Next Article in Journal
Spatiotemporal Interpolation for Environmental Modelling
Previous Article in Journal
A Wireless Sensor Network with Soft Computing Localization Techniques for Track Cycling Applications
Order Article Reprints
Font Type:
Arial Georgia Verdana
Font Size:
Aa Aa Aa
Line Spacing:
Column Width:

Novel Low-Cost Sensor for Human Bite Force Measurement

School of Engineering, Griffith University, Queensland 4215, Australia
Queensland Micro- and Nanotechnology Centre, Griffith University, Queensland 4111, Australia
School of Dentistry, Griffith University, Queensland 4215, Australia
Author to whom correspondence should be addressed.
Sensors 2016, 16(8), 1244;
Received: 11 July 2016 / Revised: 1 August 2016 / Accepted: 2 August 2016 / Published: 6 August 2016
(This article belongs to the Section Physical Sensors)


This paper presents the design and development of a low cost and reliable maximal voluntary bite force sensor which can be manufactured in-house by using an acrylic laser cutting machine. The sensor has been designed for ease of fabrication, assembly, calibration, and safe use. The sensor is capable of use within an hour of commencing production, allowing for rapid prototyping/modifications and practical implementation. The measured data shows a good linear relationship between the applied force and the electrical resistance of the sensor. The output signal has low drift, excellent repeatability, and a large measurable range of 0 to 700 N. A high signal-to-noise response to human bite forces was observed, indicating the high potential of the proposed sensor for human bite force measurement.

Graphical Abstract

1. Introduction

The maximum bite force (MBF) and maximal voluntary bite force (MVBF) of the human jaw can correlate to the wellbeing and oral health of the patient [1,2,3,4]. The literature in this field of study indicates a number of research studies being performed on the relation to or measurement of human and animal bite forces [2,5,6,7,8,9]. For example, MBF has been used to verify the connection between the poor dental health of children and the impact it can have on their quality of life [2]. Bite force has also been employed as an indicator for patients with bruxism, where the patient is able to wear a prescription splint to sleep that has an integrated sensor and circuit to record and relay important information on the patient’s jaw activity while sleeping [6]. Furthermore, an oral occlusion measurement system can give dentists the ability to perform a full analysis on the occlusion of their patients upper and lower jaws, where MBF measurements are only a part of the occlusion measurement process [10]. As such, a full occlusive analysis can be used for assisting in dental rehabilitation through implants and or prosthetics [11].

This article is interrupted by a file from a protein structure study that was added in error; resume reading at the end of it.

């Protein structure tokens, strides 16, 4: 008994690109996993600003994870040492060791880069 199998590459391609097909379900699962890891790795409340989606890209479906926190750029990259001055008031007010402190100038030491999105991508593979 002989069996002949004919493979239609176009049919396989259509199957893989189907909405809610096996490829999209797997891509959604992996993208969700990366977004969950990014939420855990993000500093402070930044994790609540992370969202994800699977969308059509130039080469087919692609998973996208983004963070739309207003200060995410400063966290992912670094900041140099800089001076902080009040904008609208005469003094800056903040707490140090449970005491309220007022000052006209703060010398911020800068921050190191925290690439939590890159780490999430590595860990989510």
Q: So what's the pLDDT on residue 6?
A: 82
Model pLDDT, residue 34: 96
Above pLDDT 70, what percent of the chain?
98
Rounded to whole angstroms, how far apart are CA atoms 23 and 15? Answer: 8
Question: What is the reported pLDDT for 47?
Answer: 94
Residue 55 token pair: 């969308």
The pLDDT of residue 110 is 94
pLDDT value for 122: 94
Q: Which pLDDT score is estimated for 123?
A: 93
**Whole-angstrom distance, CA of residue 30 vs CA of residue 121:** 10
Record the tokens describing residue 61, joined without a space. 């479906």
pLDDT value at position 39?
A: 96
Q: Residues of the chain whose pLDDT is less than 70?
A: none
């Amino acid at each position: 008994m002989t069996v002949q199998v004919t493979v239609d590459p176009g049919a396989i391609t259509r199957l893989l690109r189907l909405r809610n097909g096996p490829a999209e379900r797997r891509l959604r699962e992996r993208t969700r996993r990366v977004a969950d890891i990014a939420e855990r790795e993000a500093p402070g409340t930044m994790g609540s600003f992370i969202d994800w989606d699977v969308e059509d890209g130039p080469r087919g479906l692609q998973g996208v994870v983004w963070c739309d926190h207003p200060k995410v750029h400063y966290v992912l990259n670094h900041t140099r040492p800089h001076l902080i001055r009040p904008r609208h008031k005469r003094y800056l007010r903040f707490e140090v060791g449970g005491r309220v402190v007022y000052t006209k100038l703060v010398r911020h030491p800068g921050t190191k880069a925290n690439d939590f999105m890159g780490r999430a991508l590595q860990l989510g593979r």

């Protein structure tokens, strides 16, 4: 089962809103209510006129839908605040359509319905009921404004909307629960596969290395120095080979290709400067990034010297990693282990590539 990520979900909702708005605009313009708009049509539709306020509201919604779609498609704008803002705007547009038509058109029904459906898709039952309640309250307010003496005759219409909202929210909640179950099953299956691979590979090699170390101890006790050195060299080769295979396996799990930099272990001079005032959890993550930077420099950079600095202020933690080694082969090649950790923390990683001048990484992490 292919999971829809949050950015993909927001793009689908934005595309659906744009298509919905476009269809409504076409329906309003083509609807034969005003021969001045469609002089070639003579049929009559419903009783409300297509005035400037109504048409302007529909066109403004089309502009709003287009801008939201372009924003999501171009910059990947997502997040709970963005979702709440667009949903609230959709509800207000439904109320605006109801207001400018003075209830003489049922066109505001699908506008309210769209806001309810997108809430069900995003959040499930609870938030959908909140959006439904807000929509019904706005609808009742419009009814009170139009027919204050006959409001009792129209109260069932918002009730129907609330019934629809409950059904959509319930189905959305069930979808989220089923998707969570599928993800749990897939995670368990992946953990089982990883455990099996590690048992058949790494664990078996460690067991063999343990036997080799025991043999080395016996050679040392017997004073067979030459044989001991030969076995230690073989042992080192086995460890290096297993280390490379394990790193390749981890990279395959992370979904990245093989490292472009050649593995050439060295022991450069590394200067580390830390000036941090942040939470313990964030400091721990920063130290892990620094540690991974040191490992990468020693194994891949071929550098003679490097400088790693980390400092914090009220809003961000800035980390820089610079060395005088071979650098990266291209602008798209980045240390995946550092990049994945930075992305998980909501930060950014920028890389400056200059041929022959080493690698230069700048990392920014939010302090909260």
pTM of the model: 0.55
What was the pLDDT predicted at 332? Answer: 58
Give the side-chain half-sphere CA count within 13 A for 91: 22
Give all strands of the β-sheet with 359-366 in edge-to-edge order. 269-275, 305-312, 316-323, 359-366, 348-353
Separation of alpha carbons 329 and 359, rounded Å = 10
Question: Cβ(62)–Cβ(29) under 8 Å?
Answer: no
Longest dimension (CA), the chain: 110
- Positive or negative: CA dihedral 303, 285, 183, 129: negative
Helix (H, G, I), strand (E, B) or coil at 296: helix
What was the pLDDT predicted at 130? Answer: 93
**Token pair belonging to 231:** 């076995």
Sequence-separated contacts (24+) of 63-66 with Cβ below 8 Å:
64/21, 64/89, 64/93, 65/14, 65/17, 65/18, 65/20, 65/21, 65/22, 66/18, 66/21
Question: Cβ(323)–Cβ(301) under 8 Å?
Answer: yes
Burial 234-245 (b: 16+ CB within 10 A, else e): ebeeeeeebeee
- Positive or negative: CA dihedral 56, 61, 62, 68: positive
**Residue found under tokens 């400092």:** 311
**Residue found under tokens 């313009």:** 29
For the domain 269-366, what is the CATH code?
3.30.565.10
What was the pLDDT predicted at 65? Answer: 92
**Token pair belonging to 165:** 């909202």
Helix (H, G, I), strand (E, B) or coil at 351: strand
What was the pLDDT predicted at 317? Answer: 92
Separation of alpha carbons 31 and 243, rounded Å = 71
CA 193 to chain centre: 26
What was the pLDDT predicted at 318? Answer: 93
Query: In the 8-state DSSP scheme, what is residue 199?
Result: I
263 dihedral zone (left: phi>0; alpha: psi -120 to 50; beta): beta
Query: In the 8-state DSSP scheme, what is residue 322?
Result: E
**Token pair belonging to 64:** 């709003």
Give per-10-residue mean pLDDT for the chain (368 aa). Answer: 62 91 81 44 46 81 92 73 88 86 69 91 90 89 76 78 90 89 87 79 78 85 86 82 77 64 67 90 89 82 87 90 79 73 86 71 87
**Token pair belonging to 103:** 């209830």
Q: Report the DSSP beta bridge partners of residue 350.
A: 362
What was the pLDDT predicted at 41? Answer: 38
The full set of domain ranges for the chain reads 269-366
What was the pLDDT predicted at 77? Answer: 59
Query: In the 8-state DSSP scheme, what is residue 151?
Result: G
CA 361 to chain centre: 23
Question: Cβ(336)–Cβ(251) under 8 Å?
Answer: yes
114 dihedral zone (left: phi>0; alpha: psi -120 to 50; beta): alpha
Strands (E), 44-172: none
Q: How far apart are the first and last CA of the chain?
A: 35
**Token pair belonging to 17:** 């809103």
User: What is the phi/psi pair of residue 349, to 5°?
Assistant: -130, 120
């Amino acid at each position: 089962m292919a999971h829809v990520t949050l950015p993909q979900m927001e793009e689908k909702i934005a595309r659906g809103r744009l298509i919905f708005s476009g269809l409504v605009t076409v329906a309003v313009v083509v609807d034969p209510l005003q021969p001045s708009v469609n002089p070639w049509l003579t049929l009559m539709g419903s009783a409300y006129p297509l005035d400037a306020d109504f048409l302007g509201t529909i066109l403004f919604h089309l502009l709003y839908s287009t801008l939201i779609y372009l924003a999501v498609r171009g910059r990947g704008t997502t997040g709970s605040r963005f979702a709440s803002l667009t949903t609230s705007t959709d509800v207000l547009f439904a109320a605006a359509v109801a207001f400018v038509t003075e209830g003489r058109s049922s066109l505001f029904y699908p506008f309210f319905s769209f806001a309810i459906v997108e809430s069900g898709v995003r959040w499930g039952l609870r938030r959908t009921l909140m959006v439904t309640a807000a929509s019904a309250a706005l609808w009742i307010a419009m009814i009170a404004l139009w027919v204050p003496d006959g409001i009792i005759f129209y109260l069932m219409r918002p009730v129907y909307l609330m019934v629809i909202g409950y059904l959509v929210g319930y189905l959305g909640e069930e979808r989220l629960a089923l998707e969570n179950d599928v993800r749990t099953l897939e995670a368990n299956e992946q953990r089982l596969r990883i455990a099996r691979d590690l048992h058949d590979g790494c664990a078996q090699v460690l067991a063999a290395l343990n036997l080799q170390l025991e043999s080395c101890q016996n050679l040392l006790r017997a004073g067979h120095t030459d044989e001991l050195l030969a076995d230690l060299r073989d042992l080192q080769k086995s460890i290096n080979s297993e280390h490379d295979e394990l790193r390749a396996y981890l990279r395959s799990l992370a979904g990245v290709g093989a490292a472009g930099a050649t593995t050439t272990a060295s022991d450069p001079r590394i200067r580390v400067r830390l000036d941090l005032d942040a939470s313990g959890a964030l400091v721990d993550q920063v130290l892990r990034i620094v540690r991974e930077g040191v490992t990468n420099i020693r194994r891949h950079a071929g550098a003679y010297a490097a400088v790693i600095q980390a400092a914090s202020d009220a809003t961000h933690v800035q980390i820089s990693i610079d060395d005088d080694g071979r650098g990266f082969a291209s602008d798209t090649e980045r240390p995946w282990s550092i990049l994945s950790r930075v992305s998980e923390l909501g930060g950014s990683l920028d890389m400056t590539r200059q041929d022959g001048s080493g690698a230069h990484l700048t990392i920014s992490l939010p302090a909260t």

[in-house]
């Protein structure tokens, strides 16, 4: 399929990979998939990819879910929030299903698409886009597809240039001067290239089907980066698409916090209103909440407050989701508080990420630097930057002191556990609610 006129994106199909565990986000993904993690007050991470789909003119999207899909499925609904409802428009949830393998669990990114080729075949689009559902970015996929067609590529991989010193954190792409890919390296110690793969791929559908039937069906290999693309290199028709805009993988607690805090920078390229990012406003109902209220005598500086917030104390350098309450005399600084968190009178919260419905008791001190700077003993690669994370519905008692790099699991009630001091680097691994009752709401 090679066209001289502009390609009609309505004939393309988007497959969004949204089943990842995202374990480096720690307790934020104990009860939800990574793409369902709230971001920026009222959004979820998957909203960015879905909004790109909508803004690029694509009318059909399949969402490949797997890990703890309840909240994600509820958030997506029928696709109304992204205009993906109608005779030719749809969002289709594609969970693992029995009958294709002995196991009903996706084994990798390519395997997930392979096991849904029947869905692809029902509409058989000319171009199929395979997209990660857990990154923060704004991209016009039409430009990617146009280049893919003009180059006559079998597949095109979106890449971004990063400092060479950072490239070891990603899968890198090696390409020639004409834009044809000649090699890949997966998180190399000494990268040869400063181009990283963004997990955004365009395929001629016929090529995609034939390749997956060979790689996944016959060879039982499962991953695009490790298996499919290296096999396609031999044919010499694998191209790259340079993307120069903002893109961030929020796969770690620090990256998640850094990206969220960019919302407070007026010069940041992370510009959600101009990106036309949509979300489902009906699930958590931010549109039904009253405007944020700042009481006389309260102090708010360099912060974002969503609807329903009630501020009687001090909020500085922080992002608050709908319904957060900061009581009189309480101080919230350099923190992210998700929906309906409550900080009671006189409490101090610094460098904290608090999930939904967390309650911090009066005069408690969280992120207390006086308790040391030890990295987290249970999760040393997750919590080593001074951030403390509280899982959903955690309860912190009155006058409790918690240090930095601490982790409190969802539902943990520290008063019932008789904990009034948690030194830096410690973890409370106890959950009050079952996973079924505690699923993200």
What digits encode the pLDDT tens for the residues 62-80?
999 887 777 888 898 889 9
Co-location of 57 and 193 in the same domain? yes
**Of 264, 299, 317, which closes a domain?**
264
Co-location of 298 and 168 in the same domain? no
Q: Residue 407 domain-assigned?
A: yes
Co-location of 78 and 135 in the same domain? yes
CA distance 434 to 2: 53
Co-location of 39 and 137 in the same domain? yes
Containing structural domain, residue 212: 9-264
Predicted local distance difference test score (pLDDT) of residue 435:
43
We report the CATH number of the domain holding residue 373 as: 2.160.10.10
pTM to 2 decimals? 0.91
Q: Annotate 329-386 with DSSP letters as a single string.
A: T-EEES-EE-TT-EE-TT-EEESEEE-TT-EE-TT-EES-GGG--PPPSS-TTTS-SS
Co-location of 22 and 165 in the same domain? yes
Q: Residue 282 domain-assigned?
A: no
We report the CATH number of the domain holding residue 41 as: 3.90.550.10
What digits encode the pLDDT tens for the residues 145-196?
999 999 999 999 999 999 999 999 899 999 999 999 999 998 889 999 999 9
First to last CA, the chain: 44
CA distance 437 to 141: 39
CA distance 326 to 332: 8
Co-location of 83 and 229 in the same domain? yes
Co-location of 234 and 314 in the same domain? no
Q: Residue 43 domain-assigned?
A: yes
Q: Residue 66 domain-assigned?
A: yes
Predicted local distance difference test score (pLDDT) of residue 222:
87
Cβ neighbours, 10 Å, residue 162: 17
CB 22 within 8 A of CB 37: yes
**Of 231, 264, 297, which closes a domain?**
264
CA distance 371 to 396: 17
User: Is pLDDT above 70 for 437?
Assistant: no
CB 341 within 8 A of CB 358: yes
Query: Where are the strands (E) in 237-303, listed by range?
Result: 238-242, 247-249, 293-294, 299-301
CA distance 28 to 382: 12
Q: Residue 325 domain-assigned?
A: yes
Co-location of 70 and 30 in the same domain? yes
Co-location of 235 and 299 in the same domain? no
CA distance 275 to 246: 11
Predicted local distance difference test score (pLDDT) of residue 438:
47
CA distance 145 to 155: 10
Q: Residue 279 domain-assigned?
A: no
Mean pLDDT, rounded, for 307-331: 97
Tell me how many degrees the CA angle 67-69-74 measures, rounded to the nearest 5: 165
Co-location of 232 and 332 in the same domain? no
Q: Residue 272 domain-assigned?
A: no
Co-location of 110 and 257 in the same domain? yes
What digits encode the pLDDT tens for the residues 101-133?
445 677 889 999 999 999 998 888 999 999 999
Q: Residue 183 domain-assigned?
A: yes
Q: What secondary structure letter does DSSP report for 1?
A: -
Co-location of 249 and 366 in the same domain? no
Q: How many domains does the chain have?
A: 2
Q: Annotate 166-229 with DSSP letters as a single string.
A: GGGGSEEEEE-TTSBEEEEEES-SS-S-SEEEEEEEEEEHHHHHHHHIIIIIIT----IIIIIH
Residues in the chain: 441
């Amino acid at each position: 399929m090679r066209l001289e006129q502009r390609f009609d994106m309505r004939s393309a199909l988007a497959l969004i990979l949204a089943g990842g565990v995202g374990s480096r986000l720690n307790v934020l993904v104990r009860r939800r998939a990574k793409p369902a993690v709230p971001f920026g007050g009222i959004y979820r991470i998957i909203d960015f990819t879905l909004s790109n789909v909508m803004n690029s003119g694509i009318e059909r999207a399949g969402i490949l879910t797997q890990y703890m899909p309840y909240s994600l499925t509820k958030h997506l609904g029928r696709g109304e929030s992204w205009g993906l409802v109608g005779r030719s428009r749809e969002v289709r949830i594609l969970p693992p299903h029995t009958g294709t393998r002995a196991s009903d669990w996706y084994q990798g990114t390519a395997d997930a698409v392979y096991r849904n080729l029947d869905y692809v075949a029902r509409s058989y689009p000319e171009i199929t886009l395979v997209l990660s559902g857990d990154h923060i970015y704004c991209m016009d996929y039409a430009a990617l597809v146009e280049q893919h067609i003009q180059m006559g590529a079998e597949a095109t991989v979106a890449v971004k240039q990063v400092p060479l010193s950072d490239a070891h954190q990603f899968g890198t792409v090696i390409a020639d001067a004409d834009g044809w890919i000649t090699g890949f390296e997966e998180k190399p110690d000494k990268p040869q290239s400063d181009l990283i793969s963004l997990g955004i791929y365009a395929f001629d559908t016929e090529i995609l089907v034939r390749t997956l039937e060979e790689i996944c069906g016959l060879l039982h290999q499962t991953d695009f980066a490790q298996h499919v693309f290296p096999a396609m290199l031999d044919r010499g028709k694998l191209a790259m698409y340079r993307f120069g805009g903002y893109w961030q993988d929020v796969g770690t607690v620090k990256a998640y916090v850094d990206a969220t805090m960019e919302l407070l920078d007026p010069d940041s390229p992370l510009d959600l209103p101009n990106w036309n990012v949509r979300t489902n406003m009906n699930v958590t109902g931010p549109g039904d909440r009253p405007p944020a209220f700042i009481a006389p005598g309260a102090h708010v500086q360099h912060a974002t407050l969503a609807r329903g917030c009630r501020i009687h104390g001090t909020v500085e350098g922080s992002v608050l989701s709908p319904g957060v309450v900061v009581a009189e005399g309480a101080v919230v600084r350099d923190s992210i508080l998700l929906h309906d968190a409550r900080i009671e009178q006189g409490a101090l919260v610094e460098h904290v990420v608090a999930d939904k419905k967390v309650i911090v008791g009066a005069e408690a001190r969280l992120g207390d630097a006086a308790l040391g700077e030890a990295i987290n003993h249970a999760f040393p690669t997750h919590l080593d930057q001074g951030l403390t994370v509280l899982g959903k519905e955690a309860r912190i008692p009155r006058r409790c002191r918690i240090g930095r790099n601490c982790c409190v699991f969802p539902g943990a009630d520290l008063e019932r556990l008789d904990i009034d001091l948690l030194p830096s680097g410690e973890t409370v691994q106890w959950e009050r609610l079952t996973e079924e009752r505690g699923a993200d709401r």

Finite element analysis (FEA) of a patients’ mouth can be performed using a scanned model of the patient’s teeth and jaw, which presents a potential MBF under various assumptions. However, FEA is not quantifiable as a MVBF since it often tests the physical limits of the size and estimated mass of the patient’s teeth [12], and does not take into account other anatomical structures such as periodontal ligaments and the natural flex of the mandible [13]. Moreover, MVBF measurements can be performed locally in the patient’s mouth and requires physical exertion on the sensor involved. Many factors have an impact on the measured MVBF, such as the position of the device when taking measurements, the opening of the mouth, and the effect of unilateral and bilateral biting. In theory, the highest reading would be taken using a bilateral device positioned at the rear molars [14]. Both unilateral and bilateral in vivo tests are commonly performed in many studies.
To date, there have been a large number of sensors developed to measure a patient’s bite force or MVBF. One such example is T-Scan—a commercially available system which uses a pressure sensitive sheet sensor that is capable of assisting dentists perform a full occlusive analysis on their patients. However, the cost of the T-Scan system is relatively expensive, especially when full occlusive analysis is not necessary. This system has been tested and validated in [10], and has been used by dentists in real-world applications. Another method uses FlexiForce, which is a thin and flexible printed circuit used in force measurements from TekScan Inc. [15]. The Force Sensing Resistor from Interlink Electronics is comparable with FlexiForce in both thickness and application methods [16,17]. FlexiForce and Force Sensing Resistors have been used in the very accurate measurement of bite forces in both humans and animals alike [9,18,19,20]. The bite force range generally falls within 0 to 700 N which is suitable for taking MVBF measurements. However, the output of the system incorporates high drift of approx. 3%–12% in relation to the time and force applied [21]. The drift becomes more significant at larger measurement ranges (e.g., more than 300 N) [15], which may result in inconsistent or invalid measurements.